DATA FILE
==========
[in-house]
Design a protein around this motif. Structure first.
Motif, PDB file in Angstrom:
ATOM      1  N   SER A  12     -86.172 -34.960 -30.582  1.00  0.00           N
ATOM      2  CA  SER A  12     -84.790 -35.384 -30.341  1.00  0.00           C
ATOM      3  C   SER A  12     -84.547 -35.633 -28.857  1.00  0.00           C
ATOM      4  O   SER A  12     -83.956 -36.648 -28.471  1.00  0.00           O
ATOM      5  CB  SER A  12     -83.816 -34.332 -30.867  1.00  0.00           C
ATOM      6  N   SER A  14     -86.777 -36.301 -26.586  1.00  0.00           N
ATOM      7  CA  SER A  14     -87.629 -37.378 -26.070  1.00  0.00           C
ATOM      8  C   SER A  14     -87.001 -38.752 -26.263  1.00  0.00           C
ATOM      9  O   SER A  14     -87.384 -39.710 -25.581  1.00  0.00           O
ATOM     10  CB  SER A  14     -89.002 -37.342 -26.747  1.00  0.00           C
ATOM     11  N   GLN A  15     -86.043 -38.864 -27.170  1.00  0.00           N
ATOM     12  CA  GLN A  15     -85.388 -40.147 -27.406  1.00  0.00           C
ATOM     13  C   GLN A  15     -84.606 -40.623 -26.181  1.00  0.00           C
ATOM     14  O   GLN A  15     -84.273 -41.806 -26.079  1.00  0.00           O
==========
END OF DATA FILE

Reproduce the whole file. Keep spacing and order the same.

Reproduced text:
[in-house]
Design a protein around this motif. Structure first.
Motif, PDB file in Angstrom:
ATOM      1  N   SER A  12     -86.172 -34.960 -30.582  1.00  0.00           N
ATOM      2  CA  SER A  12     -84.790 -35.384 -30.341  1.00  0.00           C
ATOM      3  C   SER A  12     -84.547 -35.633 -28.857  1.00  0.00           C
ATOM      4  O   SER A  12     -83.956 -36.648 -28.471  1.00  0.00           O
ATOM      5  CB  SER A  12     -83.816 -34.332 -30.867  1.00  0.00           C
ATOM      6  N   SER A  14     -86.777 -36.301 -26.586  1.00  0.00           N
ATOM      7  CA  SER A  14     -87.629 -37.378 -26.070  1.00  0.00           C
ATOM      8  C   SER A  14     -87.001 -38.752 -26.263  1.00  0.00           C
ATOM      9  O   SER A  14     -87.384 -39.710 -25.581  1.00  0.00           O
ATOM     10  CB  SER A  14     -89.002 -37.342 -26.747  1.00  0.00           C
ATOM     11  N   GLN A  15     -86.043 -38.864 -27.170  1.00  0.00           N
ATOM     12  CA  GLN A  15     -85.388 -40.147 -27.406  1.00  0.00           C
ATOM     13  C   GLN A  15     -84.606 -40.623 -26.181  1.00  0.00           C
ATOM     14  O   GLN A  15     -84.273 -41.806 -26.079  1.00  0.00           O